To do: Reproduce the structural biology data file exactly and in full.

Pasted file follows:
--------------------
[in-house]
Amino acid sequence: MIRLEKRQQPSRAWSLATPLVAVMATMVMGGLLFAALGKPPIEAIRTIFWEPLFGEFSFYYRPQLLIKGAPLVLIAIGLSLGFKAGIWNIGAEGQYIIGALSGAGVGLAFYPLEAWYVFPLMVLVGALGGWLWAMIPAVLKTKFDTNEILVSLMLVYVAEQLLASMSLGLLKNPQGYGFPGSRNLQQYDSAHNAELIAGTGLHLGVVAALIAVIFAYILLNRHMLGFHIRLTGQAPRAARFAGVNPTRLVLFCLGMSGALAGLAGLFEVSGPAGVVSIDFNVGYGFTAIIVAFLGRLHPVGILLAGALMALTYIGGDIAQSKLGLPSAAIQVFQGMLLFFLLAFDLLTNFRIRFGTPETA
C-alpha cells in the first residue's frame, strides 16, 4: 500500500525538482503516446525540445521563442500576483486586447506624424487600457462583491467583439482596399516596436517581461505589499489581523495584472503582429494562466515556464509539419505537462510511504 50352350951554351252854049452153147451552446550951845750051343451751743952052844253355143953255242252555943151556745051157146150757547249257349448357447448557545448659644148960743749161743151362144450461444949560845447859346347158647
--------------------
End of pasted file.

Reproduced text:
[in-house]
Amino acid sequence: MIRLEKRQQPSRAWSLATPLVAVMATMVMGGLLFAALGKPPIEAIRTIFWEPLFGEFSFYYRPQLLIKGAPLVLIAIGLSLGFKAGIWNIGAEGQYIIGALSGAGVGLAFYPLEAWYVFPLMVLVGALGGWLWAMIPAVLKTKFDTNEILVSLMLVYVAEQLLASMSLGLLKNPQGYGFPGSRNLQQYDSAHNAELIAGTGLHLGVVAALIAVIFAYILLNRHMLGFHIRLTGQAPRAARFAGVNPTRLVLFCLGMSGALAGLAGLFEVSGPAGVVSIDFNVGYGFTAIIVAFLGRLHPVGILLAGALMALTYIGGDIAQSKLGLPSAAIQVFQGMLLFFLLAFDLLTNFRIRFGTPETA
C-alpha cells in the first residue's frame, strides 16, 4: 500500500525538482503516446525540445521563442500576483486586447506624424487600457462583491467583439482596399516596436517581461505589499489581523495584472503582429494562466515556464509539419505537462510511504 50352350951554351252854049452153147451552446550951845750051343451751743952052844253355143953255242252555943151556745051157146150757547249257349448357447448557545448659644148960743749161743151362144450461444949560845447859346347158647